Franklin Pierce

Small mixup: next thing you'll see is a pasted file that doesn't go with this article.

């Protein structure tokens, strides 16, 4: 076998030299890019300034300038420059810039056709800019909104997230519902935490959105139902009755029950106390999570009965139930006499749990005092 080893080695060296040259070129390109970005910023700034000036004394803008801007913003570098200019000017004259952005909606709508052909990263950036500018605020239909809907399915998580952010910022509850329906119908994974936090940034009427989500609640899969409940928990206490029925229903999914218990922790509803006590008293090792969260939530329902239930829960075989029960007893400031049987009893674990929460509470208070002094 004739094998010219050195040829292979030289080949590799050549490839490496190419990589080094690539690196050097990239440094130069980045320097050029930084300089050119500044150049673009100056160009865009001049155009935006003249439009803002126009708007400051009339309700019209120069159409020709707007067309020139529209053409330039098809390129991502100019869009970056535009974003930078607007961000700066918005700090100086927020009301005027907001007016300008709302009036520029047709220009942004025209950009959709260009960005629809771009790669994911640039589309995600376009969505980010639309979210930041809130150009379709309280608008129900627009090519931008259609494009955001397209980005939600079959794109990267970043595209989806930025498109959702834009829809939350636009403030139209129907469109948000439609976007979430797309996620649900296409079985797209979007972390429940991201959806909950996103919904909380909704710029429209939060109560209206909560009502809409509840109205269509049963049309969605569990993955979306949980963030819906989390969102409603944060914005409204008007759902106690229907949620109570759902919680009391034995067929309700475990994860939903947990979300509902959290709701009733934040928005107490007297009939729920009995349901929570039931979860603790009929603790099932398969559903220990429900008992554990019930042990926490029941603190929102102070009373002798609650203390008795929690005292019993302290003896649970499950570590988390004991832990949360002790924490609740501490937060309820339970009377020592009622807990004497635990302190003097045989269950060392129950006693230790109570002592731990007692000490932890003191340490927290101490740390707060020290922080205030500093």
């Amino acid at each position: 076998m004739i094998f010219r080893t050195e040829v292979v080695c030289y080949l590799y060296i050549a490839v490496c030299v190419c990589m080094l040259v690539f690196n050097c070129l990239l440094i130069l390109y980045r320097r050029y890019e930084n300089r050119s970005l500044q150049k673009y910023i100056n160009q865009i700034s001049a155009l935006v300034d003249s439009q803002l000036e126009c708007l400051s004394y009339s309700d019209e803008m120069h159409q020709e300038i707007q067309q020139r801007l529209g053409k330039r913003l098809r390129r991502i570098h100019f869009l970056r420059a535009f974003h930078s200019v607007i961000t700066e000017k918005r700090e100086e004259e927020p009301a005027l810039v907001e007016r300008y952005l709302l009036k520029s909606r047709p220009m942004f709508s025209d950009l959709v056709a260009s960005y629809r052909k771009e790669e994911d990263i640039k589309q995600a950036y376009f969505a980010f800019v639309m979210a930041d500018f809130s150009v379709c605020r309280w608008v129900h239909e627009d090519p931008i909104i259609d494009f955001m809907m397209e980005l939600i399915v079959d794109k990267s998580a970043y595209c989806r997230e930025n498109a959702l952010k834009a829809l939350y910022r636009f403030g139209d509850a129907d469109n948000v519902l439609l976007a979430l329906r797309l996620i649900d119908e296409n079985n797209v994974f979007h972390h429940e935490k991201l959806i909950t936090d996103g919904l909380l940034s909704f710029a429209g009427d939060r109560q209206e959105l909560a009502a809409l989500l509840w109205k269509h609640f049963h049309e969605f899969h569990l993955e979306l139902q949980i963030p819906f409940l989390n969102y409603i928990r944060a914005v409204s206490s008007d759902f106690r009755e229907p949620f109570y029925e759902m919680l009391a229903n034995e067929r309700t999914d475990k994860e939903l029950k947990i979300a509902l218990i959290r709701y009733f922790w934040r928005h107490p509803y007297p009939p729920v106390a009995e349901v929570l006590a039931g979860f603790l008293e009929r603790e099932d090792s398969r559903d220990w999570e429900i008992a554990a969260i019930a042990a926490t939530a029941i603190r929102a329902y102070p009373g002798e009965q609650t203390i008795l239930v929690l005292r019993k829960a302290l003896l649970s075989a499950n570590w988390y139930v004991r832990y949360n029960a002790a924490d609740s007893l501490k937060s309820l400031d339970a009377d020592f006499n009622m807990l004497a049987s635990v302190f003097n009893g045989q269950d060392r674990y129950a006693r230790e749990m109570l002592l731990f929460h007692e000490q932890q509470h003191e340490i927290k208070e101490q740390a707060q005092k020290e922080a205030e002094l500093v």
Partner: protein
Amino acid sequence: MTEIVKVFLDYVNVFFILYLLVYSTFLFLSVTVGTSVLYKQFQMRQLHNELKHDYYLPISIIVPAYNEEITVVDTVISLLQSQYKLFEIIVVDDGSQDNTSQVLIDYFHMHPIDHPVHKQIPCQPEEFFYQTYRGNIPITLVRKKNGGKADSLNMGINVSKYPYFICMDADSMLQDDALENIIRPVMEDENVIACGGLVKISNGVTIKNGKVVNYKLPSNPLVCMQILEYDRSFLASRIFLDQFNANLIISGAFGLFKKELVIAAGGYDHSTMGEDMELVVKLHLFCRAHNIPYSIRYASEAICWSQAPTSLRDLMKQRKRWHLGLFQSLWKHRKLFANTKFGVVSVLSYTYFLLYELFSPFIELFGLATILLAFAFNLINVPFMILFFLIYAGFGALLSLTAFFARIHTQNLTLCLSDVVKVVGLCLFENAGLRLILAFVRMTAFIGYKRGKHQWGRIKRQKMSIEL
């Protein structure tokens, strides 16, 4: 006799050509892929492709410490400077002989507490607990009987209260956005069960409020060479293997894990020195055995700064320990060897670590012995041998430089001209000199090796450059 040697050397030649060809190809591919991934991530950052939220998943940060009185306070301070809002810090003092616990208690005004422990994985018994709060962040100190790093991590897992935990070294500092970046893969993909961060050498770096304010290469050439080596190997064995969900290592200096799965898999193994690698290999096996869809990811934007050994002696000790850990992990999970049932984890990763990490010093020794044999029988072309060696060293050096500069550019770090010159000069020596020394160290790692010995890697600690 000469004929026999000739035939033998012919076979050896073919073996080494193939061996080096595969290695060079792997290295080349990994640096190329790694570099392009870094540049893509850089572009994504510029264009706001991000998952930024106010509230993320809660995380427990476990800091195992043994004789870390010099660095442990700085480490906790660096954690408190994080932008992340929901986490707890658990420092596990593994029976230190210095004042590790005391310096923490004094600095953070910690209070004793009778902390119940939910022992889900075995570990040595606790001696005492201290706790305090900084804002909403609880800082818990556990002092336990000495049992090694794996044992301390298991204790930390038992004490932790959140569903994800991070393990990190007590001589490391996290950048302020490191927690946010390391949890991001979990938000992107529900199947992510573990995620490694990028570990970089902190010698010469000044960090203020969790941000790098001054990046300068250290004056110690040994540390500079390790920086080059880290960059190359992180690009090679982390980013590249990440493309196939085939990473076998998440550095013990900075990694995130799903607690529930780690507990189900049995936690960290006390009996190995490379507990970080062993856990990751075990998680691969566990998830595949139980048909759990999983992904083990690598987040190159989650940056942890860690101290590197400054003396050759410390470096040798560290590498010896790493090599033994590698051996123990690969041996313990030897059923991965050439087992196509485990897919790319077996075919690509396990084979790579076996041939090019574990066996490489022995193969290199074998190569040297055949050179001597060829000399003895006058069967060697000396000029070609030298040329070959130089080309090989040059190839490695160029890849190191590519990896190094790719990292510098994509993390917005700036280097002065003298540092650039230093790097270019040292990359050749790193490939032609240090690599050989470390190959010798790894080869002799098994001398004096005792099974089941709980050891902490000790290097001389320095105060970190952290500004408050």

FRANKLIN PIERCE, president of the United States, is the son of Benjamin Pierce, who rose to the rank of brigade-major in the American army during the revolutionary war, and held several political offices in the state of New Hampshire. Franklin Pierce was born in the western part of that state, in the town of Hillsborough in 1804, and after completing his academical studies, entered Bowdoin college, Maine. Immediately on leaving college he commenced his legal studies with Judge Howe, of Northampton, Mass., but subsequently returned to his native state and, finally finished his studies at Amherst Mass. He was admitted to the bar and commenced the practice of his profession in his native town; but before the end of two years he was elected a representative in the state legislature, and during his second year's service was chosen speaker of the house. In 1833 he was elected to congress, and remained a member of the house of representatives for four years. During this period, General Pierce, although a firm supporter of democratic measures, seldom distinguished himself as a debater, being modest and unassuming in his character, and rather quick to hear and slow to speak. In 1837 he was elected a member of the United States senate, but, after five years' service in that body, resigned his seat, intending to devote himself wholly to his profession. He had been more than ten years in public life and he felt the necessity of giving his attention to his private affairs, which had suffered in his absence. He accordingly settled in Concord, the capital of his native state, and resumed his practice at the bar, with a firm resolution to be withdrawn for the future from public life. He rose to high distinction as an advocate, being considered one of the ablest lawyers in New Hampshire. He firmly adhered to his resolution of accepting no political office he declined to be a candidate for governor of the state, or United States senator, and he also refused the offices of attorney-general and secretary of war, which were tendered him by President Polk. On the breaking out of the Mexican war, however, General Pierce, deeming that his services were required in the cause of his country, enrolled himself as a private soldier in the New England regiment, but President Polk sent him a colonel's commission, and subsequently raised him to the rank of brigadier-general in March, 1847. His command consisted of 2,500 men, with whom he landed at Vera Cruz, June 28, 1847. He distinguished himself in most of the battles which were fought between Vera Cruz and the city of Mexico, and made himself highly popular with the men under his command. On the restoration of peace between the two countries, he resigned his commission, and returned home, where he met with a brilliant reception from his fellow-citizens. He was elected president of the United States in 1852.